In this week’s Parshas Nasso the Torah describes the work of the tribe of Levi. In Bamidbar 4:24 the Torah states: “Zos Avodas Mishpchos HaGershuni, LaAvod UlMasa”. “The Gershomite family shall serve by maintaining and carrying as follows. The Seforno breaks down the words ,and explains the work of maintaining occurred during the camping, while the carrying of the holy vessels took place during the traveling. As an aside, I always look at homonyms in their context. The word Masah spelled with an ‘ayin’ or an ‘aleph’ sound the same but have different meanings. Nonetheless, in this context they are used together to understand what was carried during the traveling.

We must keep in mind that although the order of birth had Gershon as the oldest, Kehas was given the privilege of carrying the most holy items. That was read in last week’s parshas Baidbar. Nasso begins with Gershon first being given the task of carrying the other items followed by Merari. The Shaar Bas Rabim explains the language of ‘masah’ - ‘carrying’ is used when describing the eldest brother Gershon, as well as when describing Merari it states ‘mishmeres masa’am’ – ‘to carry’. Unlike at the end of Bamidbar last week, the Torah just writes, ‘This is the service of the sons of Kehas’ but has no mention of carrying. The Gemara Sotah 35 teaches us that the Aron, the Ark, carried those who carried it. When the Jewish people traversed the Jordan River, the Navi tells us the Ark carried the Kohanim in the air from one side of the Jordan to the other. Even though all the other vessels of the Kodesh HaKadoshim (holy of holies) did not carry the Kohanim who were carrying the items, nevertheless they did carry themselves, and the Kohanim did not need to carry the vessels. Therefore, due to the holiness and importance given to Kehas and family, they did not have to be burdened under the weight of the vessels and therefore the Torah did not write masah’ - ‘to carry’. . However, the other brothers, Gershon and Kehas, carried the other parts of the Mishkan and needed to be counted as they physically carried those items.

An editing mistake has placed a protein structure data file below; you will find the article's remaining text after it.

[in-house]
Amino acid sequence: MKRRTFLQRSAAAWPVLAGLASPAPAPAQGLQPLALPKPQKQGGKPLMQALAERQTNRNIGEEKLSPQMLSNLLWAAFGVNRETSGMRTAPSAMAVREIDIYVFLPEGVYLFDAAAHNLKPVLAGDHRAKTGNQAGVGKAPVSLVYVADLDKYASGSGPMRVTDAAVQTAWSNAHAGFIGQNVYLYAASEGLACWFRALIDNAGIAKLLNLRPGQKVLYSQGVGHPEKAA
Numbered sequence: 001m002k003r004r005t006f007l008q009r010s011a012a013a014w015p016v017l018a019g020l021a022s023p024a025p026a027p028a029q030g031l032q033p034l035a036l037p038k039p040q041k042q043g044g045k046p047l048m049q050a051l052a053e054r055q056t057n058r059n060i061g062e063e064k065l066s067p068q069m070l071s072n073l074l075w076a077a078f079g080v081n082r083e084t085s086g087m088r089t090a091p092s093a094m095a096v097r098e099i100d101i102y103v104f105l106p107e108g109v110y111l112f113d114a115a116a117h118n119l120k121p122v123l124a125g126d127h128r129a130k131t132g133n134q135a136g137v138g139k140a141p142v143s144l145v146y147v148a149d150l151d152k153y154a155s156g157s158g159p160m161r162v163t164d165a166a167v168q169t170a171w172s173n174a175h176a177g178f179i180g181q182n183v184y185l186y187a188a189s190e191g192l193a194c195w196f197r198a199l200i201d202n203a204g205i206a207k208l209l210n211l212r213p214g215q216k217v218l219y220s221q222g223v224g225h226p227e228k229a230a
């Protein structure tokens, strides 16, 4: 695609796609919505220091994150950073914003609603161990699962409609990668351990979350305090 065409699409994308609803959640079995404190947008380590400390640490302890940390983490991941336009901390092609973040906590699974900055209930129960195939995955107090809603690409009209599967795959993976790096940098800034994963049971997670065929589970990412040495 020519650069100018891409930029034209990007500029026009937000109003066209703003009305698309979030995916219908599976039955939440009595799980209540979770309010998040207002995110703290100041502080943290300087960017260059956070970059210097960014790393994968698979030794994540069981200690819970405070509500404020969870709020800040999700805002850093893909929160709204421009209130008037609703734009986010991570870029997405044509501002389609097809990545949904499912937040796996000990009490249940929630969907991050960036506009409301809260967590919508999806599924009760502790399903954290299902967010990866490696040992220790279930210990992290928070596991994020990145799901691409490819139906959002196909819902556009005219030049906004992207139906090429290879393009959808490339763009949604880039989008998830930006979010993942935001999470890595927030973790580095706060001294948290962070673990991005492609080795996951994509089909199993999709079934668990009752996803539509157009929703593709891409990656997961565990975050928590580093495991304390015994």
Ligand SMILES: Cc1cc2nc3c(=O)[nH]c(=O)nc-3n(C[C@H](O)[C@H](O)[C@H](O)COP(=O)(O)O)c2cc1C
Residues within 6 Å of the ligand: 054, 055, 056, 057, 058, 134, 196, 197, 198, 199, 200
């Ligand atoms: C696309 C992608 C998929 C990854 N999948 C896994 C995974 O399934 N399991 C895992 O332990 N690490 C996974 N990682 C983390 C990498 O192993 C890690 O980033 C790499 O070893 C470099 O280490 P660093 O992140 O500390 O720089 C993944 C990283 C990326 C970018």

Life is full of challenges and we are constantly balancing and juggling things in life such as family, livelihood, and religion. There is no question that while certain things are a burden and weigh us down, we must also realize that other things are not only light but sometimes weightless. Once we commit to the performance of duties to Hashem, we will be uplifted and carried by the effort and accompanying fulfillment. There is no doubt that by working on our spiritual pursuit we will be carried by the mitzva, which will, in turn carry everyone else along with us. Yiddishkeit is the spiritual security that we have within us as we go through life, and we should use it as we travel throughout our lifetime.

Fri, July 19 2019 16 Tammuz 5779